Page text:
Ecological validity

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In the behavioral sciences, ecological validity is often used to refer to the judgment of whether a given study's variables and conclusions (often collected in lab) are sufficiently relevant to its population (e.g. the "real world" context). Psychological studies are usually conducted in laboratories though the goal of these studies is to understand human behavior in the real-world. Ideally, an experiment would have generalizable results that predict behavior outside of the lab, thus having more ecological validity. Ecological validity can be considered a commentary on the relative strength of a study's implication(s) for policy, society, culture, etc.

This term was originally coined by Egon Brunswik[1] and held a very narrow meaning that has since been conceptually modified. He regarded ecological validity as the utility of a perceptual cue in predicting a property (basically how informative the cue is). For example, the movement of leaves on trees is a perceptual cue to how windy it is outside. Therefore, trees rustling has high ecological validity because it is highly correlated with it being windy.

Due to the evolving and broad definition of ecological validity, problematic usage of this term in modern scientific studies occurs because it is often not defined and interpreted differently in the scientific community. In fact, in many cases just being specific about what behavior/context you are testing makes addressing ecological validity unnecessary in studies.[2]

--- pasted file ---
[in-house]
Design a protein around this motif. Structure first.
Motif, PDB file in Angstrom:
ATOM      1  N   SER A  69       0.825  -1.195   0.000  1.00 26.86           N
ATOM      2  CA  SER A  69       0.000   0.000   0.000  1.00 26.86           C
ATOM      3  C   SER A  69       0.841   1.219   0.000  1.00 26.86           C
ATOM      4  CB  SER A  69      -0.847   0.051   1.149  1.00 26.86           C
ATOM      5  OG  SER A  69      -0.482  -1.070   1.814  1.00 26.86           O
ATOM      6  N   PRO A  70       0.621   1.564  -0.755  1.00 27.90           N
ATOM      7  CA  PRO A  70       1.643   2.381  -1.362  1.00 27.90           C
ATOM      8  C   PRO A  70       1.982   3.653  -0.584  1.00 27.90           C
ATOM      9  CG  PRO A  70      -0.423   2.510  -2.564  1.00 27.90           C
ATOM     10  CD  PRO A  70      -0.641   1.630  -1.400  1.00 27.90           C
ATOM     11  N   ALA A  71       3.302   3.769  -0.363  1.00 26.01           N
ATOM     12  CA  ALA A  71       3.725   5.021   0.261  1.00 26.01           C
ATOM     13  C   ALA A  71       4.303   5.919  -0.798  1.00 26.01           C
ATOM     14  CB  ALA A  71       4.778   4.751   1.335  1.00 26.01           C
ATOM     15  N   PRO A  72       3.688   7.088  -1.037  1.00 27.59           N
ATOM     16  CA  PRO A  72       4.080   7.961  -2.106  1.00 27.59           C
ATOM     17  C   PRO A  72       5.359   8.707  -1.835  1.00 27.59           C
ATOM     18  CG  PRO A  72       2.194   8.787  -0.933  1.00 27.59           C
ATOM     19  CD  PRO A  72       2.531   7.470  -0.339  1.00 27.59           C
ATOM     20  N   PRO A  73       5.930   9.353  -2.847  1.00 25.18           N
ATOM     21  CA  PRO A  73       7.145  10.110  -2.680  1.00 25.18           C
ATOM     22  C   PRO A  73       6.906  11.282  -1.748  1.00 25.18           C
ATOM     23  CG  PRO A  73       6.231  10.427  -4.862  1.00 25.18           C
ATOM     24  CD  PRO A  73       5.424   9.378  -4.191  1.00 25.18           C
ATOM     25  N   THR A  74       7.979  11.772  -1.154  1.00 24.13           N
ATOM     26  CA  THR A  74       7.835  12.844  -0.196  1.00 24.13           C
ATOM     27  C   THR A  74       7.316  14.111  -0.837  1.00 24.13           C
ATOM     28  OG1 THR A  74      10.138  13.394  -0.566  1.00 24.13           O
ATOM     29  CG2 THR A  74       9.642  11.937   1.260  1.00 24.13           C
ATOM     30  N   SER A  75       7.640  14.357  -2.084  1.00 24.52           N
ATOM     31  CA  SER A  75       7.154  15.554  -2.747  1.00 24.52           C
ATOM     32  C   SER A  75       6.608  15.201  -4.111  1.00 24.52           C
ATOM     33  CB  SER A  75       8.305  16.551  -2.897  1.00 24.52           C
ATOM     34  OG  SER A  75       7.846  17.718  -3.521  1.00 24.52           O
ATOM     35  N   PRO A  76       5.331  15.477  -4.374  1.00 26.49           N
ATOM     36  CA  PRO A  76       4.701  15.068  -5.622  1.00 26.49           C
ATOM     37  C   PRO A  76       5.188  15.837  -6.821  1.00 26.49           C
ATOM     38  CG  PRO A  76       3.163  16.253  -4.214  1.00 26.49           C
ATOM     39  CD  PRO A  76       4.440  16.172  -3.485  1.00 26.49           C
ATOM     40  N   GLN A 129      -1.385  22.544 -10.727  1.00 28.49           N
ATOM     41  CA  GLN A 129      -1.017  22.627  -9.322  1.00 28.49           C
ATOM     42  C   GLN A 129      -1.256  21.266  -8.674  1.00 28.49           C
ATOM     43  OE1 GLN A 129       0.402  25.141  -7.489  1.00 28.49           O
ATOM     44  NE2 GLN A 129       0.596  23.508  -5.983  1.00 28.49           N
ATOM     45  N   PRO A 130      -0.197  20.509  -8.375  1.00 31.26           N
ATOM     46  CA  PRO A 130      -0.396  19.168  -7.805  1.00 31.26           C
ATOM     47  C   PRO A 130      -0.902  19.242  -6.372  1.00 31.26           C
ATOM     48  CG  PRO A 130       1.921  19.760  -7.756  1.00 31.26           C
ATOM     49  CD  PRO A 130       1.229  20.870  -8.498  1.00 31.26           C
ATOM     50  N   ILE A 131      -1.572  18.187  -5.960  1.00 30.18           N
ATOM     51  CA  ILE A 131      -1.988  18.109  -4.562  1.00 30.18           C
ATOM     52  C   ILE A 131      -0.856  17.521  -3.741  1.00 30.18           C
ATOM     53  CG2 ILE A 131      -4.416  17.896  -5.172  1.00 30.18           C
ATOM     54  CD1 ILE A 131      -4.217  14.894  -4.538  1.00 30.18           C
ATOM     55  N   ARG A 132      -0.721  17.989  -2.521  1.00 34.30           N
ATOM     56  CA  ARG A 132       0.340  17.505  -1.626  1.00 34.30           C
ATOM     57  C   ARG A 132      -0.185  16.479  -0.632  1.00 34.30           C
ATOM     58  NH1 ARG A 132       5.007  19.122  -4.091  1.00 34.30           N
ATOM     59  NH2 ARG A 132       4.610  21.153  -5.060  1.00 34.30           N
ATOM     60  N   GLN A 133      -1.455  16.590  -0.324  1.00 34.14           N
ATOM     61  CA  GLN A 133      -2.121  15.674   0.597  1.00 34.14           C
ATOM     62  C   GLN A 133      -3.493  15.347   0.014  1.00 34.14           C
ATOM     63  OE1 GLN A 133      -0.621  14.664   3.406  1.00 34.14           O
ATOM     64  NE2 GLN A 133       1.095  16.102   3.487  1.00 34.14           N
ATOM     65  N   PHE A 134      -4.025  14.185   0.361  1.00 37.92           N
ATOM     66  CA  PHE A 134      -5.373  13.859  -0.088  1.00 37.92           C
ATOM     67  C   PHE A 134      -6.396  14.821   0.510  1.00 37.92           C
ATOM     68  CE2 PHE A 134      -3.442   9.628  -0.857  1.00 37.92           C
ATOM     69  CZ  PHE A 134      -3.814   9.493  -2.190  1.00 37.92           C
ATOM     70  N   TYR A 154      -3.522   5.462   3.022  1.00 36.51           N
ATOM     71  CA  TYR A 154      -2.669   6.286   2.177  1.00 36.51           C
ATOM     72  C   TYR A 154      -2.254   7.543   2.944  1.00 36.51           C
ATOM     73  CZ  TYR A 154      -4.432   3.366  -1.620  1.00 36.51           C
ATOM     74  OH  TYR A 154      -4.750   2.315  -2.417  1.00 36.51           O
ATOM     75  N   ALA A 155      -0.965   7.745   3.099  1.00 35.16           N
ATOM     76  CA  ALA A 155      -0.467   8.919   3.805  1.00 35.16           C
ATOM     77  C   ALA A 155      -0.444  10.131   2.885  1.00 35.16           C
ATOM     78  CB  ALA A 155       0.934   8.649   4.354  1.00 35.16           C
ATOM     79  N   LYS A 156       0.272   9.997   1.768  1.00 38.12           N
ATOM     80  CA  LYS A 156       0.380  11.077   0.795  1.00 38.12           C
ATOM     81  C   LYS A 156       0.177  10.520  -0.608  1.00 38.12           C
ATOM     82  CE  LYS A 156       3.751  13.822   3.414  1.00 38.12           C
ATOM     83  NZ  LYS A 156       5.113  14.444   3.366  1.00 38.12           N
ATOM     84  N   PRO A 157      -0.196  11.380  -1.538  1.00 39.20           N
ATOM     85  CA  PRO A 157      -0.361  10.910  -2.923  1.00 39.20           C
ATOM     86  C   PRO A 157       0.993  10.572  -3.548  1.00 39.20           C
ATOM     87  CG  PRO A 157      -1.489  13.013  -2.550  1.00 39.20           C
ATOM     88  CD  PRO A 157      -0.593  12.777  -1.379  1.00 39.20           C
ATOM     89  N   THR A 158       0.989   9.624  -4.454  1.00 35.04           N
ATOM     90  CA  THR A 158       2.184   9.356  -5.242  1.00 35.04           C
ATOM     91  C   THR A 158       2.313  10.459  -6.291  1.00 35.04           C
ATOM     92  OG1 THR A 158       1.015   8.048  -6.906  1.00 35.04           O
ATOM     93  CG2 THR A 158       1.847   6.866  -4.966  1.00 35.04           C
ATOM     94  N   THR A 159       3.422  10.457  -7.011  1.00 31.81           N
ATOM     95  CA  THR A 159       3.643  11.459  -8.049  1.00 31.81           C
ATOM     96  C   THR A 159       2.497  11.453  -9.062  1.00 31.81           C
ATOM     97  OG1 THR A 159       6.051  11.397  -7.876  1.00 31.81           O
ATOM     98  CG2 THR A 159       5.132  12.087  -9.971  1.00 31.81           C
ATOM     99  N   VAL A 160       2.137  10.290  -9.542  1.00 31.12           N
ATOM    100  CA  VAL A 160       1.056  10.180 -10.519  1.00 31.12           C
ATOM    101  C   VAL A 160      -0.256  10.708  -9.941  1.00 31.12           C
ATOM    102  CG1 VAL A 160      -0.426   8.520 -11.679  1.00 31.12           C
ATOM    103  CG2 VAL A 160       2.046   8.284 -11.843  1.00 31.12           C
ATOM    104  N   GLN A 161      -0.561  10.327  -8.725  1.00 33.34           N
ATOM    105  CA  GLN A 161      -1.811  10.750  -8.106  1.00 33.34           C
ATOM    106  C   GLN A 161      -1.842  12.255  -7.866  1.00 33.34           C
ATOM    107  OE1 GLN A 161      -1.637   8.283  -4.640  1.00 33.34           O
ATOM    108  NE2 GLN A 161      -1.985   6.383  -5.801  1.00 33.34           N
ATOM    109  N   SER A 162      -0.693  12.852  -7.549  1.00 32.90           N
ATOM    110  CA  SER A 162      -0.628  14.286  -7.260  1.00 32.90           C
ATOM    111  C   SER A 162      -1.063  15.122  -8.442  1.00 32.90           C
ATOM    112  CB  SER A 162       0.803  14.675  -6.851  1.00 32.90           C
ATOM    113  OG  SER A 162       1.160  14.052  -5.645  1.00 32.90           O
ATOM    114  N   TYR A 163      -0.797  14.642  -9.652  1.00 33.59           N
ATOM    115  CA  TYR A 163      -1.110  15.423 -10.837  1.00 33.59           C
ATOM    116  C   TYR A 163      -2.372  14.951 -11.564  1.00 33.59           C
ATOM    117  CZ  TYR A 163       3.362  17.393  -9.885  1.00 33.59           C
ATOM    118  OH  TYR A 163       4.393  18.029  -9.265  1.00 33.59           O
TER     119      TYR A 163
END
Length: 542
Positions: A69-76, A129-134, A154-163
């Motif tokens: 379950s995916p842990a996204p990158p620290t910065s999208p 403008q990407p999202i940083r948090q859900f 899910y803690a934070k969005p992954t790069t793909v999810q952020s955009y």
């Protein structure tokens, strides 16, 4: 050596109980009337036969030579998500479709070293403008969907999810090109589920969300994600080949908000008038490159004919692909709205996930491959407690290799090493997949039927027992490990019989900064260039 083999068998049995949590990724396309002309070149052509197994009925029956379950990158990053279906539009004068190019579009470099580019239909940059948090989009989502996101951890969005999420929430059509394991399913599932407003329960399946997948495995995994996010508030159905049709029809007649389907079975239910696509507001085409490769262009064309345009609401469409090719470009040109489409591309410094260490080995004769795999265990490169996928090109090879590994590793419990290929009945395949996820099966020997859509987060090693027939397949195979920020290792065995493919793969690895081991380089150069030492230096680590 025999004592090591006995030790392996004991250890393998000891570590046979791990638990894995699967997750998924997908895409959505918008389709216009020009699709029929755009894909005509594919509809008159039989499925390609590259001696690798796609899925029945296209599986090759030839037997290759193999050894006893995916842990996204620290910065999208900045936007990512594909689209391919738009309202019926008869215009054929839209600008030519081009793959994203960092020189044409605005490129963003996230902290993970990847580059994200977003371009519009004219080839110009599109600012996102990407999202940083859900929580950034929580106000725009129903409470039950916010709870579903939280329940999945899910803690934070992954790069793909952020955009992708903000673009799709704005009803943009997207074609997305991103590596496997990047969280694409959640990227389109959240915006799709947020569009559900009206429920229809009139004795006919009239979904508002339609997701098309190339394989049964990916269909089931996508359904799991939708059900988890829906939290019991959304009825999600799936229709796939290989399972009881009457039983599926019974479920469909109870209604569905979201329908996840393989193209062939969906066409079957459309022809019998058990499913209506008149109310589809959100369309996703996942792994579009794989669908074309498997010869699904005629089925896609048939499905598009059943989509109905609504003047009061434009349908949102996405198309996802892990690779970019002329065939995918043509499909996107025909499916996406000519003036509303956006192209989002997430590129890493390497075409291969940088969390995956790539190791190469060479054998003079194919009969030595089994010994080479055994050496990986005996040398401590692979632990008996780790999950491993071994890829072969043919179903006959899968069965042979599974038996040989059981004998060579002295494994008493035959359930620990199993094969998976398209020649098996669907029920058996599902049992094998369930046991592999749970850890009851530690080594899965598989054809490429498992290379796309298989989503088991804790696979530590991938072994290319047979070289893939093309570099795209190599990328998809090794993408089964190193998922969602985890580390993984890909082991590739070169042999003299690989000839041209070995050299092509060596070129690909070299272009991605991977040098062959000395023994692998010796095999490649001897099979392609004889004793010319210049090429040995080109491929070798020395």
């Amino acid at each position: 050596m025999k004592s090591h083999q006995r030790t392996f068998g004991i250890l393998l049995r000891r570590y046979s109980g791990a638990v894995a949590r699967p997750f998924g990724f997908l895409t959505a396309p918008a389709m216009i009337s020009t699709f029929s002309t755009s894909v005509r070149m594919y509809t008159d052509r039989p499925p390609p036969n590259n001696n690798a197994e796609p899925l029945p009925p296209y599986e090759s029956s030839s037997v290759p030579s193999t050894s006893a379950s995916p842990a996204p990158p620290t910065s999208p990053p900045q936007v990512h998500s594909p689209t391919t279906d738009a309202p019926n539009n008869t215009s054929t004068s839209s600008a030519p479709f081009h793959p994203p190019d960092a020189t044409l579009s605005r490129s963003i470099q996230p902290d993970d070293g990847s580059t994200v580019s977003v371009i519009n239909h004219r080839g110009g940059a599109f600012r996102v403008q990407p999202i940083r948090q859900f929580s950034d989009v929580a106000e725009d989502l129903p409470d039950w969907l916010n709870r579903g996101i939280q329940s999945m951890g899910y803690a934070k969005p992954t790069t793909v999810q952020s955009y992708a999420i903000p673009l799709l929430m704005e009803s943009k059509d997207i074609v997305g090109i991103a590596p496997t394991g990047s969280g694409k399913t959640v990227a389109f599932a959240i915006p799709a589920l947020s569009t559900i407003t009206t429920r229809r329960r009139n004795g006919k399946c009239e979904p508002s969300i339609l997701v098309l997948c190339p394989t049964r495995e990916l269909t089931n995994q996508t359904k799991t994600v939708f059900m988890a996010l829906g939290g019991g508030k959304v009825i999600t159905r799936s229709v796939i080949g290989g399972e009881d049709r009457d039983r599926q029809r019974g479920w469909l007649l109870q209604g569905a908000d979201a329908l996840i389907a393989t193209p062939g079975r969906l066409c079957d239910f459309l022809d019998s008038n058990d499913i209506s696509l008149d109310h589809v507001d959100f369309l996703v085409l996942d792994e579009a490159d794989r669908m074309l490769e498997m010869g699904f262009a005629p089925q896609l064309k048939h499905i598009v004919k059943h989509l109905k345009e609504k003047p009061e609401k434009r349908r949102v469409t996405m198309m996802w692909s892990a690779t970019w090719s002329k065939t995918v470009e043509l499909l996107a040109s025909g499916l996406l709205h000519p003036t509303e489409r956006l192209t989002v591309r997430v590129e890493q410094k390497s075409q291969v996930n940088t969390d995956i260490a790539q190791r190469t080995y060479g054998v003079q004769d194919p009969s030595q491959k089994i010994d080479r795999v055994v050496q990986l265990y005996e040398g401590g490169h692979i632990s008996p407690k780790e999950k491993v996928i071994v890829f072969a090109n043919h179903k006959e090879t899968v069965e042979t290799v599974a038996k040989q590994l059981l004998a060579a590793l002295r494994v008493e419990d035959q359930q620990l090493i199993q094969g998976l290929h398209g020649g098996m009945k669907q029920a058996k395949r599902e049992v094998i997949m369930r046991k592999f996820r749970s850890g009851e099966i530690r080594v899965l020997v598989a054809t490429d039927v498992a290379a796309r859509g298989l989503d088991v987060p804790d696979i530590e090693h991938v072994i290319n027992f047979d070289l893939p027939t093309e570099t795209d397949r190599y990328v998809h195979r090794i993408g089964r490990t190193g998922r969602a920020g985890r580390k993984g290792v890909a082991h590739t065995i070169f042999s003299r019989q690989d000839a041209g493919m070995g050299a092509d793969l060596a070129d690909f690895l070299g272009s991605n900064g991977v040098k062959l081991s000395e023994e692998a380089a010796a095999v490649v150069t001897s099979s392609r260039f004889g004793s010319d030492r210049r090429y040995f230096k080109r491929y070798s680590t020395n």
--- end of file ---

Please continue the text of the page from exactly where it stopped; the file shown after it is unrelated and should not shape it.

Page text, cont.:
Comparing ecological validity to mundane realism & external validity[edit]

The term "ecological validity" is now widely used by researchers unfamiliar with the origins and technical meaning of the term to be broadly equivalent to mundane realism.[3] Mundane realism references the extent to which the experimental situation is similar to situations people are likely to encounter outside the laboratory. For example, mock-jury research is designed to study how people might act if they were jurors during a trial, but many mock-jury studies simply provide written transcripts or summaries of trials while in a classroom or office settings. Such experiments do not approximate the actual look, feel, and procedure of a real courtroom trial, and therefore lack mundane realism.

The better-recognized concern is that of external validity: if the results from such a mock-jury study are reproduced in and generalized across trials where these stimulus materials, settings, and other background characteristics vary, then the measurement process may be deemed externally valid. External validity refers to the ability to generalize study findings in other contexts. Ecological validity, the ability to generalize study findings to the real world, is a subcategory of external validity.[4]